Specialized always has so much stuff on its booth that it’s hard to know where to start.
…so we’ll start in the middle…
That Robert Egger (Specialized’s creative director) has a lot to answer for. Not only is he behind a lot of the unified look and feel of the brand, he helps develop the organic shapes of the bikes and helps turn the engineers’ visions into flowing lines. However, he also gets to play in the giant creative centre at Specialized. It resembles a sixth form art studio, with sketches and magazine cutouts on the walls and bits and pieces of half-built projects all over the place. Every year Robert and his team come up with some other new, completely impractical, but great fun plaything. This year was a grown up version of yet another American scooter bike that we never got to see in the UK. We love the racing go kart tyres…
Back to slightly more real world stuff. There’s a new tier of bikes in the Spesh mountain bike range called the ‘Evo’ range. These are production bikes that have bits added to resemble the kind of changes that Specialized saw riders making to their own bikes out in the real world. So for race-level Epic bikes, they gain 1×10 gearing and more racy components – and for more trail-level bikes, like the Stumpjumper, they gain slacker angles from the get-go, a longer fork, Command Post seatpost, shorter stem, wider bars and a chain device.
We’ve seen a few companies recently working hard to make their suspension as easy to set up as possible. As bikes have got more complex, yet more supple and efficient, the difference between a badly setup shock and a good one can be a few PSI. In order to remove this guesswork, Specialized has come out with a clever ‘Autosag’ system on its Stumpjumper FSR models. You open up the compression to open, pump up the shock to 50psi over rider weight…
…then you press the plunger on the second valve, releasing just the right amount of air. Cycle the suspension, give it another push to be sure and you have your perfect (starting) air pressure. Just set up compression and rebound to suit and go ride…
We did like the S-Works race shoe in the last issue of the magazine, however, it is pretty race specific. Here now is the S-Works EVO shoe. It’s got a little more armour to protect shoe and foot and has a little more tread for when you’re off the bike.
And here’s a new version of the Defroster winter boot. It’s got a fleecy lining and more insulation than the previous model, which was waterproof, but a little spartan. This one looks like a winner. Inevitably, it’ll be out just in time for the end of the winter. Next year though, watch out!
Here’s the new Propero helmet – it basically has all of the technology of Specialized’s top of the range helmets from three years ago, all for about £70
Specialized S3 – the super duper road helmet. We were big fans of the S2 when it was out a few years ago. This is obviously one better…
But there’s yet another tier above it… Here’s the Prevail, the current ultralight racing helmet…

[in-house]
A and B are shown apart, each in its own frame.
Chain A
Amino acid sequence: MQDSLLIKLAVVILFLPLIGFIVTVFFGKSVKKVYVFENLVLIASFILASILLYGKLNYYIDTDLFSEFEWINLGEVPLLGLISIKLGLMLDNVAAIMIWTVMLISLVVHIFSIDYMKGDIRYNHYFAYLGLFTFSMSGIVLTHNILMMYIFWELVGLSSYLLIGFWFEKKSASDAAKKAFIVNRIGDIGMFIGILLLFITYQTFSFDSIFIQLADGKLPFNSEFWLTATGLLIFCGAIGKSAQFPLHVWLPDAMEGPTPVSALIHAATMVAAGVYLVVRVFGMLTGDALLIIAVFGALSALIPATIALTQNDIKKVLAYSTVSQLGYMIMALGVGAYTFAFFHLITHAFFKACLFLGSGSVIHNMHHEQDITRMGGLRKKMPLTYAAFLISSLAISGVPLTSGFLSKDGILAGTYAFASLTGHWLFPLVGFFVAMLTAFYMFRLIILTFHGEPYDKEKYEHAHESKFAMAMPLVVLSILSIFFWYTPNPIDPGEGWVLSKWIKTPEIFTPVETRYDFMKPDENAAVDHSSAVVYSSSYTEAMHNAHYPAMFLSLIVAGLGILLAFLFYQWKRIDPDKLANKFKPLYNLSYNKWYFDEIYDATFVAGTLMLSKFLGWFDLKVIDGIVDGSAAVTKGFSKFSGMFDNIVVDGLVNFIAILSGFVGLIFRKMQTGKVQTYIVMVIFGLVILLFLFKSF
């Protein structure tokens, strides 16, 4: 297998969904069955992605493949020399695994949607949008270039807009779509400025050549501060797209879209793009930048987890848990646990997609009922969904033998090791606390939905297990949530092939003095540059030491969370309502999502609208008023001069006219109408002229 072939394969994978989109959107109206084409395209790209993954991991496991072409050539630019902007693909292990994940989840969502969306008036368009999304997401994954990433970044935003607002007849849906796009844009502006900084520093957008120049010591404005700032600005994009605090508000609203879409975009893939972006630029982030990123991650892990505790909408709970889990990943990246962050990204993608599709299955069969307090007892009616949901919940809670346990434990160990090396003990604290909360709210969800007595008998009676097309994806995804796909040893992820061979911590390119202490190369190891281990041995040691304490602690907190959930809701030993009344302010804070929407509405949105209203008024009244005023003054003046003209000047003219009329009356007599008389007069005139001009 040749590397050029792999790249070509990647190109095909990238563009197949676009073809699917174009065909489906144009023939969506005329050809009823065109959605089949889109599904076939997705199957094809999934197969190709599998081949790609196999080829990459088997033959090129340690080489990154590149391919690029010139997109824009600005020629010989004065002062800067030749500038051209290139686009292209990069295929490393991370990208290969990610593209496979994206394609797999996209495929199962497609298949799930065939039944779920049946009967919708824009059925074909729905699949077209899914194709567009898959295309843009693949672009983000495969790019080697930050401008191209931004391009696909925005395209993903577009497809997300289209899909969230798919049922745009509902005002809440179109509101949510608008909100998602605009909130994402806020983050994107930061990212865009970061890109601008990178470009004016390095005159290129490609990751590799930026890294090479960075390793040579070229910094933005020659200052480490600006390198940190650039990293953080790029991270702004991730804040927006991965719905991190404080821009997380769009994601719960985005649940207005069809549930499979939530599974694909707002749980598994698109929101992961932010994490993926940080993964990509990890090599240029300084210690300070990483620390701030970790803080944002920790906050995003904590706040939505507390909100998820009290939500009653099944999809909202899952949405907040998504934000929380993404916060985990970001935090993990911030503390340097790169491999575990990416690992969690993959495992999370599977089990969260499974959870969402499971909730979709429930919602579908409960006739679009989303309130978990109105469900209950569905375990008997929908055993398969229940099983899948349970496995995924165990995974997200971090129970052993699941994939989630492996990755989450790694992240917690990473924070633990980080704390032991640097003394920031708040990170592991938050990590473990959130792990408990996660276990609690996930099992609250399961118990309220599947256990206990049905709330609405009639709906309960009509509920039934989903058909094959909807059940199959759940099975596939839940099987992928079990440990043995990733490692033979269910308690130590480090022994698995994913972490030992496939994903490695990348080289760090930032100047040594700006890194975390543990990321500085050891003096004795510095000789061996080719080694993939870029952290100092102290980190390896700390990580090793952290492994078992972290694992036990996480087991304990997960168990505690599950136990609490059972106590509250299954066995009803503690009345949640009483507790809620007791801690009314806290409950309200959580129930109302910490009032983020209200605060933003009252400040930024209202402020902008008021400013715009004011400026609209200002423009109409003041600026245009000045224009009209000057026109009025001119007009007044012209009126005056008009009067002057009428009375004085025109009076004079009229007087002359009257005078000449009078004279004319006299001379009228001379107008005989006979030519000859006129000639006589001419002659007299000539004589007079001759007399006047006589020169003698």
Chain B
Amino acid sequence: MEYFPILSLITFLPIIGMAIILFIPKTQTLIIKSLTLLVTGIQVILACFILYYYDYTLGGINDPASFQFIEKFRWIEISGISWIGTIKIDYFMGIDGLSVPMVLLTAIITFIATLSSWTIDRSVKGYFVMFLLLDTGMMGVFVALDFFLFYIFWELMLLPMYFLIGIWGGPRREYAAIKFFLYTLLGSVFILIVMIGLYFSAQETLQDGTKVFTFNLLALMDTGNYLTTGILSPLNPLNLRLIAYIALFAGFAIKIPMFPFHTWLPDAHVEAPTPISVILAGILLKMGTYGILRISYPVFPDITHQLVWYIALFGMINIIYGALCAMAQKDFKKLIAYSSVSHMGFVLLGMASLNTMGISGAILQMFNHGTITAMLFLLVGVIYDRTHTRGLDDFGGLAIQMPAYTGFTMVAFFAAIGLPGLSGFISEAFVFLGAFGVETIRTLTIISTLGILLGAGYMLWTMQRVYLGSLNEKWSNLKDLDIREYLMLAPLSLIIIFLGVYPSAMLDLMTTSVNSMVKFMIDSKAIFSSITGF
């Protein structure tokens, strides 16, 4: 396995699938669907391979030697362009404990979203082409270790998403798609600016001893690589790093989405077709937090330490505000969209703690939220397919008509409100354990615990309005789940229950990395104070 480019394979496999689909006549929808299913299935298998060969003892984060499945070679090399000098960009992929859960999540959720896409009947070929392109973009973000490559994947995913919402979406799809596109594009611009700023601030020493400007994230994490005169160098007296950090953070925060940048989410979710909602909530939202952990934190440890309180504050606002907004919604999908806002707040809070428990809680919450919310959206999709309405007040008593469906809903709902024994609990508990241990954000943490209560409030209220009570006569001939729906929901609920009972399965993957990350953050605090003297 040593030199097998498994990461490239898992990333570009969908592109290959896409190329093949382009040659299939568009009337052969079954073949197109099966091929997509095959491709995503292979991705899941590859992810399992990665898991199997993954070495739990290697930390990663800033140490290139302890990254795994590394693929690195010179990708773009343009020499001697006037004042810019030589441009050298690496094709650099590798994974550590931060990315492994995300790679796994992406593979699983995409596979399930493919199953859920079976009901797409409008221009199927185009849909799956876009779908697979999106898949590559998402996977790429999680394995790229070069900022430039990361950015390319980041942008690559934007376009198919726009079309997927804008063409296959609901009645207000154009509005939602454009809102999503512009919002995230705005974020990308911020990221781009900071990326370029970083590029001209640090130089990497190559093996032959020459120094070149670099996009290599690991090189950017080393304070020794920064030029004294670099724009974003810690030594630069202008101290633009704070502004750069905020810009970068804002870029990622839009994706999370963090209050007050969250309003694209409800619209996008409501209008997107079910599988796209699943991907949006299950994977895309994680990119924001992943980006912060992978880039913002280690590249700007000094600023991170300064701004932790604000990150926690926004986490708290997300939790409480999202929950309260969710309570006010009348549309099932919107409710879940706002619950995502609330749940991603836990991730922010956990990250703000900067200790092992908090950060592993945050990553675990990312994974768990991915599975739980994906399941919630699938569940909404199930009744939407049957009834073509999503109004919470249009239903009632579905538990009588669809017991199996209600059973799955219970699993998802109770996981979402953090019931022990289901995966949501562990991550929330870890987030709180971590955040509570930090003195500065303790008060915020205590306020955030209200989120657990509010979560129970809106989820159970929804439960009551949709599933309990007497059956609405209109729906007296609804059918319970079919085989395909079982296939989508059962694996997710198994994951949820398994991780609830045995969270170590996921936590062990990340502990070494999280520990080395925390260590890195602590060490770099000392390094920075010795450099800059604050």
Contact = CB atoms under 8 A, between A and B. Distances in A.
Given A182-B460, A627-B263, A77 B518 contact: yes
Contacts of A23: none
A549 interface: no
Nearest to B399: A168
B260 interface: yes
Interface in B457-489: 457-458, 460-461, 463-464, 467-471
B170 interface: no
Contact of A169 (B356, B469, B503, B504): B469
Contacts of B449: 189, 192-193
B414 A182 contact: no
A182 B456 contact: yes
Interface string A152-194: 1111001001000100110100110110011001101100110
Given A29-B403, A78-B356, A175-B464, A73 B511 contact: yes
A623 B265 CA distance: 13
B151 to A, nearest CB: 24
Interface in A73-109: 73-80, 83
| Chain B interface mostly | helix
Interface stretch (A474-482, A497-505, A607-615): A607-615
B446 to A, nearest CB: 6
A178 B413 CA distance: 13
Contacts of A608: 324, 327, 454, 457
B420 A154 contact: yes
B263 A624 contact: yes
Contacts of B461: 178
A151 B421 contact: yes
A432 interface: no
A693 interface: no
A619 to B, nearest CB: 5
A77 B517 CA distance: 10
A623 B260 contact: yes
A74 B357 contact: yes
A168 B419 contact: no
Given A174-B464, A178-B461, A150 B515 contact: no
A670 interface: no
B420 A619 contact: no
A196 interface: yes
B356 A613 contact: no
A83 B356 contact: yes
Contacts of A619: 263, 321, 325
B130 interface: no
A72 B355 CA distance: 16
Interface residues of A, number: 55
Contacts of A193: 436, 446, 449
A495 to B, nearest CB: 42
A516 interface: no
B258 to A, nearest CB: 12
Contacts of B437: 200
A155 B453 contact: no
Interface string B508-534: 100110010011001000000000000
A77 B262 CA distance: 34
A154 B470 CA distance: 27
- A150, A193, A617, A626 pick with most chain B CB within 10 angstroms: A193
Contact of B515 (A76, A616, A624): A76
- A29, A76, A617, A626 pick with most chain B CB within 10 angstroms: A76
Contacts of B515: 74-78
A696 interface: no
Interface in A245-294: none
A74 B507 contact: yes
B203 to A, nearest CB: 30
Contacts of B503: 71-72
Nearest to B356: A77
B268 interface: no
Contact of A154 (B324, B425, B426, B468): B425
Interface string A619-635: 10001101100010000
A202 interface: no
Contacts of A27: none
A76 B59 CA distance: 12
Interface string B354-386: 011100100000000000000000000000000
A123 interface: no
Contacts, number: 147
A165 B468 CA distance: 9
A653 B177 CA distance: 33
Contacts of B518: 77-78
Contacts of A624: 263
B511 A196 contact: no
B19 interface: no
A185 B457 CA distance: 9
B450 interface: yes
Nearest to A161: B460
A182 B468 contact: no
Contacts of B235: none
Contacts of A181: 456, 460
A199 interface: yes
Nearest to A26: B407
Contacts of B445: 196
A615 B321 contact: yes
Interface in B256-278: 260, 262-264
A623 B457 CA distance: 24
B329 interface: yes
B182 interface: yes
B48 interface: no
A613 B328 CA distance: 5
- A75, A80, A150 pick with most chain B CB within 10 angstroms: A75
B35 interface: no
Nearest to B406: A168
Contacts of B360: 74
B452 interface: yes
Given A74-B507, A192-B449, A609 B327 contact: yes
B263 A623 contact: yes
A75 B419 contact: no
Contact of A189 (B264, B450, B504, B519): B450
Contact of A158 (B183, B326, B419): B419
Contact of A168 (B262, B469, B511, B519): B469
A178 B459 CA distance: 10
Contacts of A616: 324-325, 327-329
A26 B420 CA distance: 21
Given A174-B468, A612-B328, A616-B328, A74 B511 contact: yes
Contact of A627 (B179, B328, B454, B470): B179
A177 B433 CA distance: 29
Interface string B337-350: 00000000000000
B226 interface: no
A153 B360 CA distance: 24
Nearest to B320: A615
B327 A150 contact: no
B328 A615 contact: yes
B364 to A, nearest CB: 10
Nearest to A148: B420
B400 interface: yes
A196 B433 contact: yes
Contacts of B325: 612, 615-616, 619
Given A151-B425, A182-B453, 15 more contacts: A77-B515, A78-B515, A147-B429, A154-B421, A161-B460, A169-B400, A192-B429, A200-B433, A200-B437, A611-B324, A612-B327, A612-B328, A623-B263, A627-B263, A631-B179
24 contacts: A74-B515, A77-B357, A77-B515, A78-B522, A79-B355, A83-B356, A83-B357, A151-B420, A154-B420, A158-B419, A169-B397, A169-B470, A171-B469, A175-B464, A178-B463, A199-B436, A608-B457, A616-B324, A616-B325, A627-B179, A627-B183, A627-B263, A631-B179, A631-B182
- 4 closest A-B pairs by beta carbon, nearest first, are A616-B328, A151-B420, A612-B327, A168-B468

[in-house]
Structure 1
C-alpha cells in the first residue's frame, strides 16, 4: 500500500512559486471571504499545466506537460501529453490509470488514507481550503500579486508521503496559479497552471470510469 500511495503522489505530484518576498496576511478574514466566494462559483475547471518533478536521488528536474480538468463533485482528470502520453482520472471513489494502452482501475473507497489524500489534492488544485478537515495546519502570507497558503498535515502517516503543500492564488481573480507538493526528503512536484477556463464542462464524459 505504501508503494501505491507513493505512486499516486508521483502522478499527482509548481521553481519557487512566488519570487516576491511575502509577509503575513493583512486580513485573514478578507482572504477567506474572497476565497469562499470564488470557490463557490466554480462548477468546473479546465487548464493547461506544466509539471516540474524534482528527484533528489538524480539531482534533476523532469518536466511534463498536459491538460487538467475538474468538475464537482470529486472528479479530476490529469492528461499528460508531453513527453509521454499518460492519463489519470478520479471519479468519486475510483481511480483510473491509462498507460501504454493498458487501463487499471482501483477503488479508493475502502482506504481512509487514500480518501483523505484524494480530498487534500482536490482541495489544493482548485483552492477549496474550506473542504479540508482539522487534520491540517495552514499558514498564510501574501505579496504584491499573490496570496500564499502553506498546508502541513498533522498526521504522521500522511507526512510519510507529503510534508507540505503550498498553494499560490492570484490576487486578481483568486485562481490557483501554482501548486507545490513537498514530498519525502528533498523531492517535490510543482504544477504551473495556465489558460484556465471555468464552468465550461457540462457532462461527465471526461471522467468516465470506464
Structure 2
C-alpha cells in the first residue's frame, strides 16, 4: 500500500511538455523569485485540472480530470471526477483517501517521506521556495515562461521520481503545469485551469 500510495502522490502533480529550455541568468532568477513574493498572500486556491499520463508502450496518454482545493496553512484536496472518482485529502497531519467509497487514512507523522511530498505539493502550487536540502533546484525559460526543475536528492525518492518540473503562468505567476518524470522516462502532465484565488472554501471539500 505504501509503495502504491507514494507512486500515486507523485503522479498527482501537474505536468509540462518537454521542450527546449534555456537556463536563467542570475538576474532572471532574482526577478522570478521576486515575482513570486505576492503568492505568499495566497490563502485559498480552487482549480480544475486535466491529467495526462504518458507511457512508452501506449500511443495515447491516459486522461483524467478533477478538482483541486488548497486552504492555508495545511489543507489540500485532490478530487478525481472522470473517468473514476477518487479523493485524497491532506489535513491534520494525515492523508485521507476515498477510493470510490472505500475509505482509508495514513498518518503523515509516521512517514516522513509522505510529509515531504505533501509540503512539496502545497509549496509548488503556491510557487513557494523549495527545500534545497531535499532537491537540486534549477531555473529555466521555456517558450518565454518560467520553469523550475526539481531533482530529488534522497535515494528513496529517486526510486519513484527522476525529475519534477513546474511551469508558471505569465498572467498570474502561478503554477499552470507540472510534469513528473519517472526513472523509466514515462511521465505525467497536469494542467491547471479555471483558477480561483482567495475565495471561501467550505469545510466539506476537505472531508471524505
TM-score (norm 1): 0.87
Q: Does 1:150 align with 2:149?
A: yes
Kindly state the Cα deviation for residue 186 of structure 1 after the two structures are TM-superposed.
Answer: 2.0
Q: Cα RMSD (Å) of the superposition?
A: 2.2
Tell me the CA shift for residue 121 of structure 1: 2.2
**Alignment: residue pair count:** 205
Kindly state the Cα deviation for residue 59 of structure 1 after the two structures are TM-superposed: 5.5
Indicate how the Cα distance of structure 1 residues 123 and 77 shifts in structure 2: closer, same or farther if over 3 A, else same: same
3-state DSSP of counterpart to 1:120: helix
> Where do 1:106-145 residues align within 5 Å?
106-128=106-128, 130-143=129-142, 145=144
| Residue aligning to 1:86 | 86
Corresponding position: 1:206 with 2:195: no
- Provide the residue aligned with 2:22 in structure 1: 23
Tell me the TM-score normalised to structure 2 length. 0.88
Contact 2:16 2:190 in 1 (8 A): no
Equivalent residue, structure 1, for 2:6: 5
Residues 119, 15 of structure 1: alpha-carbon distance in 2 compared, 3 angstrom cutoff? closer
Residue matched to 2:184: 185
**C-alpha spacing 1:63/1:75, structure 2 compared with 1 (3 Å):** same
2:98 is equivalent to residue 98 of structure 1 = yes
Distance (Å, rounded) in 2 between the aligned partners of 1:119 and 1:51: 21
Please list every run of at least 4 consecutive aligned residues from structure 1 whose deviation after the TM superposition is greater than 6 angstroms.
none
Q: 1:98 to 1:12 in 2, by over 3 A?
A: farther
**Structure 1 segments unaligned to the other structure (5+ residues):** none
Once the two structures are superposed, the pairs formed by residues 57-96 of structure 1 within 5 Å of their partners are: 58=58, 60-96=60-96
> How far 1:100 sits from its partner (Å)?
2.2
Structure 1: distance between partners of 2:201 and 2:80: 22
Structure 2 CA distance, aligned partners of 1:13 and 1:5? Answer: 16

Roval wheels: Here are the Roval Control SL29 wheels – featuring a carbon rim and built using DT hub internals. Multiple axle options too.
Radial non-disc spokes. You don’t see that very often…
Specialized has always made a wide array of tyres, and with a great team of fast people on hand to advise on treads, there’s no end of ideas floating around. Here’s the Fast Trak 2.0 hardpack and racing tyre.
The Renegade ‘racing in California’ tyre…
And welcome back to the Ground Control name – here in a 29in x 1.9in guise
Some more burly tyres: The Storm mud tyre, the Clutch and the Purcatory – all chunky 26in tyres.
Tubulars; Specialized has three new tubular tyres for cyclocross racing for hard, medium and muddy terrain.
Specialized has angled the Tri-cross into being more of a utility bike while coming out with the Crux, which is more of a pure ‘cross bike. Here it is with Avid discs.
And now a look at the Carve models. A 29in bike with good specs from around £1900 and up…
Specialized for Women
Quietly unveiled at this year’s Dalby XC World Cup, the Fate is a race-level 29er for women. It manages to cram big wheels into a frame that goes down to 15in without resorting to upside down stems or backwards seatposts. An integrated headset and 80mm travel fork helps here.
For 26in fans, here’s the Safire trail bike. It has 120mm of travel with a Brain shock and looks like a lot of fun. Although we’re not sure that all women want their bikes in black with extra black.
OK, how about black with some green?
The Jett 29 is a more recreational 29in women’s hardtail. Low standover and an 80mm fork again. Will 2012 be the year of that we’ll see more (or any!) women on 29ers?
Downhiller on a budget? We’ve always been fans of the Big Hit, but the Status looks like it’s going to take over the crown. Priced at £1800 or £2300 it features dual crown forks, a 200mm travel (and 170mm or 200mm on the front) and a full FSR suspension system. One for next summer in the Alps we think.
Posted on: September 22, 2011